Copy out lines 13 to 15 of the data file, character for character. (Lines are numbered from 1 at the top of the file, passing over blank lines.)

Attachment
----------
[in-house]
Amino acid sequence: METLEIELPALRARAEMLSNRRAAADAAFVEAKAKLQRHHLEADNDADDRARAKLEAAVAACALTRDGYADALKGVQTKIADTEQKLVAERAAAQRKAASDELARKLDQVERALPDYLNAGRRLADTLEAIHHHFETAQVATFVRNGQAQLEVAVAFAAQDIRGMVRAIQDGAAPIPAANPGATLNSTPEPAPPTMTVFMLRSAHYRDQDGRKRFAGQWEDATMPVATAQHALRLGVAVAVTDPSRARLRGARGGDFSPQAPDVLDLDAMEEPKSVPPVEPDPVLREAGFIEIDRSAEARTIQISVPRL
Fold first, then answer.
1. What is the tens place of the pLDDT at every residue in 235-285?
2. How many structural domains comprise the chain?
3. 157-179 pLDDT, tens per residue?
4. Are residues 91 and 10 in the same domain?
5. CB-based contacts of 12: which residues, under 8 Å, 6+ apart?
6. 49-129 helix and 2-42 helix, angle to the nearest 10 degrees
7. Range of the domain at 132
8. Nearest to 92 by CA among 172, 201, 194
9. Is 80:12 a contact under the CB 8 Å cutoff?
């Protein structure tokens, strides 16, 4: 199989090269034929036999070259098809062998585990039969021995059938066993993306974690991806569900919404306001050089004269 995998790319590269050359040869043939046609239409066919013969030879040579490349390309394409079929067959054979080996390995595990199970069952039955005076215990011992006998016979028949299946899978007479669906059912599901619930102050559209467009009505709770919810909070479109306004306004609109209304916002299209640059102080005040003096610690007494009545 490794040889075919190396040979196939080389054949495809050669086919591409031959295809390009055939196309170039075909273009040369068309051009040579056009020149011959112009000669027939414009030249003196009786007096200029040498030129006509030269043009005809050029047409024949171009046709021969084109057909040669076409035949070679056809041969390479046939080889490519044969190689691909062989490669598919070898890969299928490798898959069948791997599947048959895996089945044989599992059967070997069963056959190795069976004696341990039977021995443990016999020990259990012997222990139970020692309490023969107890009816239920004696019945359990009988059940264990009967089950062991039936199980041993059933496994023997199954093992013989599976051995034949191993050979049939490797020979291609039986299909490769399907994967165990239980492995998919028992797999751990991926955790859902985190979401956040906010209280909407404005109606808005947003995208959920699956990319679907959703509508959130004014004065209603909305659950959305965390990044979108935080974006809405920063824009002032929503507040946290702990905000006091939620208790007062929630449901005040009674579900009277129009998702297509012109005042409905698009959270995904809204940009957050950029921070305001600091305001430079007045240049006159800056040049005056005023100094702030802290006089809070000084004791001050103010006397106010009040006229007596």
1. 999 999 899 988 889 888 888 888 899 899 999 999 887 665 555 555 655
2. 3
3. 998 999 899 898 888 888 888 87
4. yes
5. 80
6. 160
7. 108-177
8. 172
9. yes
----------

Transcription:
């Protein structure tokens, strides 16, 4: 199989090269034929036999070259098809062998585990039969021995059938066993993306974690991806569900919404306001050089004269 995998790319590269050359040869043939046609239409066919013969030879040579490349390309394409079929067959054979080996390995595990199970069952039955005076215990011992006998016979028949299946899978007479669906059912599901619930102050559209467009009505709770919810909070479109306004306004609109209304916002299209640059102080005040003096610690007494009545 490794040889075919190396040979196939080389054949495809050669086919591409031959295809390009055939196309170039075909273009040369068309051009040579056009020149011959112009000669027939414009030249003196009786007096200029040498030129006509030269043009005809050029047409024949171009046709021969084109057909040669076409035949070679056809041969390479046939080889490519044969190689691909062989490669598919070898890969299928490798898959069948791997599947048959895996089945044989599992059967070997069963056959190795069976004696341990039977021995443990016999020990259990012997222990139970020692309490023969107890009816239920004696019945359990009988059940264990009967089950062991039936199980041993059933496994023997199954093992013989599976051995034949191993050979049939490797020979291609039986299909490769399907994967165990239980492995998919028992797999751990991926955790859902985190979401956040906010209280909407404005109606808005947003995208959920699956990319679907959703509508959130004014004065209603909305659950959305965390990044979108935080974006809405920063824009002032929503507040946290702990905000006091939620208790007062929630449901005040009674579900009277129009998702297509012109005042409905698009959270995904809204940009957050950029921070305001600091305001430079007045240049006159800056040049005056005023100094702030802290006089809070000084004791001050103010006397106010009040006229007596």
1. 999 999 899 988 889 888 888 888 899 899 999 999 887 665 555 555 655
2. 3